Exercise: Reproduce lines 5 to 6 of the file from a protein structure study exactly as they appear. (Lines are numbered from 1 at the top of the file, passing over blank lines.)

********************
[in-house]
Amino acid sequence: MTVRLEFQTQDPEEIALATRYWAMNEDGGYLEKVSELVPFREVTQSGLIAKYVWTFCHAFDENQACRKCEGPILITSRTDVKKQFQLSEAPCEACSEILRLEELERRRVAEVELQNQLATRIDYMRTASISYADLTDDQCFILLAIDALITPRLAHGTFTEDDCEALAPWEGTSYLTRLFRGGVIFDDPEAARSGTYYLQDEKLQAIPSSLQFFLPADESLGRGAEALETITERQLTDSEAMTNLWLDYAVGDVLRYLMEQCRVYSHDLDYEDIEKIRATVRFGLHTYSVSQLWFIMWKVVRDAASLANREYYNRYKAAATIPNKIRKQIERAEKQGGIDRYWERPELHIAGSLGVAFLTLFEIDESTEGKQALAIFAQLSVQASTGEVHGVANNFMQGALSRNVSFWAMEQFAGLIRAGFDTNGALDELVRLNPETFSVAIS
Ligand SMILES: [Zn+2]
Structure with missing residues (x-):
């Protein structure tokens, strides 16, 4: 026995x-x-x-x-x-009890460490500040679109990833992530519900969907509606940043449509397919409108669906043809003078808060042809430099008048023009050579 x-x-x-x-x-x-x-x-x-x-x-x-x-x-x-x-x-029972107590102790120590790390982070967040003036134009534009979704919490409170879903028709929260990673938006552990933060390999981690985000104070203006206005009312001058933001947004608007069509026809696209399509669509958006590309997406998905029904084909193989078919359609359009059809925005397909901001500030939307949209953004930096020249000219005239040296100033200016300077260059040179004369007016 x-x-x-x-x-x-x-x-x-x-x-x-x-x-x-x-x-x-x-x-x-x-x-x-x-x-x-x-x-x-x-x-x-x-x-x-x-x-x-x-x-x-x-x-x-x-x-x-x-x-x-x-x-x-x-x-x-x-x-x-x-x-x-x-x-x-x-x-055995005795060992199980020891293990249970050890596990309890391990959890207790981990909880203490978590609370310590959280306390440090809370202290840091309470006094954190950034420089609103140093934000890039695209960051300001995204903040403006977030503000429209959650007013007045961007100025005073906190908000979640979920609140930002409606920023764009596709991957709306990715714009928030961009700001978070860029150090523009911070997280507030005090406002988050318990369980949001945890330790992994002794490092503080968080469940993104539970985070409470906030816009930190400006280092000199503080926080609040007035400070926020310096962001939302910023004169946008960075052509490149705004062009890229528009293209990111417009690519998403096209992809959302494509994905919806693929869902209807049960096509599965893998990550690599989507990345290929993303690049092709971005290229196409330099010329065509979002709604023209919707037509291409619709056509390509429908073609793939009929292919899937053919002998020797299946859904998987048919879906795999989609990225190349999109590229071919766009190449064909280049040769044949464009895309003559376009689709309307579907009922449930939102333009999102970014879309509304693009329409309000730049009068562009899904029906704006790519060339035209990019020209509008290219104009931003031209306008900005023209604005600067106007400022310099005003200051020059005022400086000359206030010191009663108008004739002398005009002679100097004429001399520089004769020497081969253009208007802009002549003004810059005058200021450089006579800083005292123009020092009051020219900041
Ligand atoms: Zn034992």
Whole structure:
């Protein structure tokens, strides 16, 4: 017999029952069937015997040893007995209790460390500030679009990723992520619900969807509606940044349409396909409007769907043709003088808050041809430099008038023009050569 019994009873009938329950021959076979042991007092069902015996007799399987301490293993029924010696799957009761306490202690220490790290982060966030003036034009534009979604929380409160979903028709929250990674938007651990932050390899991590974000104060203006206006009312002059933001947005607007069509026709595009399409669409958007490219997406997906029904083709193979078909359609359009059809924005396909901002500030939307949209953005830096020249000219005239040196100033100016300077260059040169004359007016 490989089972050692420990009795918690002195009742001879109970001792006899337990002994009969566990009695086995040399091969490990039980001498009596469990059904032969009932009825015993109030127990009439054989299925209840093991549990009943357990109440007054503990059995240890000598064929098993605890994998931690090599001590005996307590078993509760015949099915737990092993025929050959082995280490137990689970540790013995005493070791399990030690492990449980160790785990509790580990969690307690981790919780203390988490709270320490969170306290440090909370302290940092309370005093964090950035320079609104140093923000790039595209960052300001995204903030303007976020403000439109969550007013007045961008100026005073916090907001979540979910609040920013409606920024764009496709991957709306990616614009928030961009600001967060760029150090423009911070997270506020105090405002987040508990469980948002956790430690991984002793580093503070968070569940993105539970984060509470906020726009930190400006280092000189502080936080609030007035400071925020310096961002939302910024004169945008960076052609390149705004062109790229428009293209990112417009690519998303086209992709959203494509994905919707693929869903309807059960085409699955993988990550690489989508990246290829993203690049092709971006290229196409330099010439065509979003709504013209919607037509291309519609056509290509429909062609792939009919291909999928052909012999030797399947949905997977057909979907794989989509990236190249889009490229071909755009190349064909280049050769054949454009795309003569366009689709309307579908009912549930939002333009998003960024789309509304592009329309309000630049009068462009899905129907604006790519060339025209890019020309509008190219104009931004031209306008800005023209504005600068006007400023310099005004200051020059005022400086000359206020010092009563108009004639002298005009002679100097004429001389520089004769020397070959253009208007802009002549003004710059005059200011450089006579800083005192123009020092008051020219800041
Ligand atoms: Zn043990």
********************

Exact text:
């Protein structure tokens, strides 16, 4: 026995x-x-x-x-x-009890460490500040679109990833992530519900969907509606940043449509397919409108669906043809003078808060042809430099008048023009050579 x-x-x-x-x-x-x-x-x-x-x-x-x-x-x-x-x-029972107590102790120590790390982070967040003036134009534009979704919490409170879903028709929260990673938006552990933060390999981690985000104070203006206005009312001058933001947004608007069509026809696209399509669509958006590309997406998905029904084909193989078919359609359009059809925005397909901001500030939307949209953004930096020249000219005239040296100033200016300077260059040179004369007016 x-x-x-x-x-x-x-x-x-x-x-x-x-x-x-x-x-x-x-x-x-x-x-x-x-x-x-x-x-x-x-x-x-x-x-x-x-x-x-x-x-x-x-x-x-x-x-x-x-x-x-x-x-x-x-x-x-x-x-x-x-x-x-x-x-x-x-x-055995005795060992199980020891293990249970050890596990309890391990959890207790981990909880203490978590609370310590959280306390440090809370202290840091309470006094954190950034420089609103140093934000890039695209960051300001995204903040403006977030503000429209959650007013007045961007100025005073906190908000979640979920609140930002409606920023764009596709991957709306990715714009928030961009700001978070860029150090523009911070997280507030005090406002988050318990369980949001945890330790992994002794490092503080968080469940993104539970985070409470906030816009930190400006280092000199503080926080609040007035400070926020310096962001939302910023004169946008960075052509490149705004062009890229528009293209990111417009690519998403096209992809959302494509994905919806693929869902209807049960096509599965893998990550690599989507990345290929993303690049092709971005290229196409330099010329065509979002709604023209919707037509291409619709056509390509429908073609793939009929292919899937053919002998020797299946859904998987048919879906795999989609990225190349999109590229071919766009190449064909280049040769044949464009895309003559376009689709309307579907009922449930939102333009999102970014879309509304693009329409309000730049009068562009899904029906704006790519060339035209990019020209509008290219104009931003031209306008900005023209604005600067106007400022310099005003200051020059005022400086000359206030010191009663108008004739002398005009002679100097004429001399520089004769020497081969253009208007802009002549003004810059005058200021450089006579800083005292123009020092009051020219900041
Ligand atoms: Zn034992």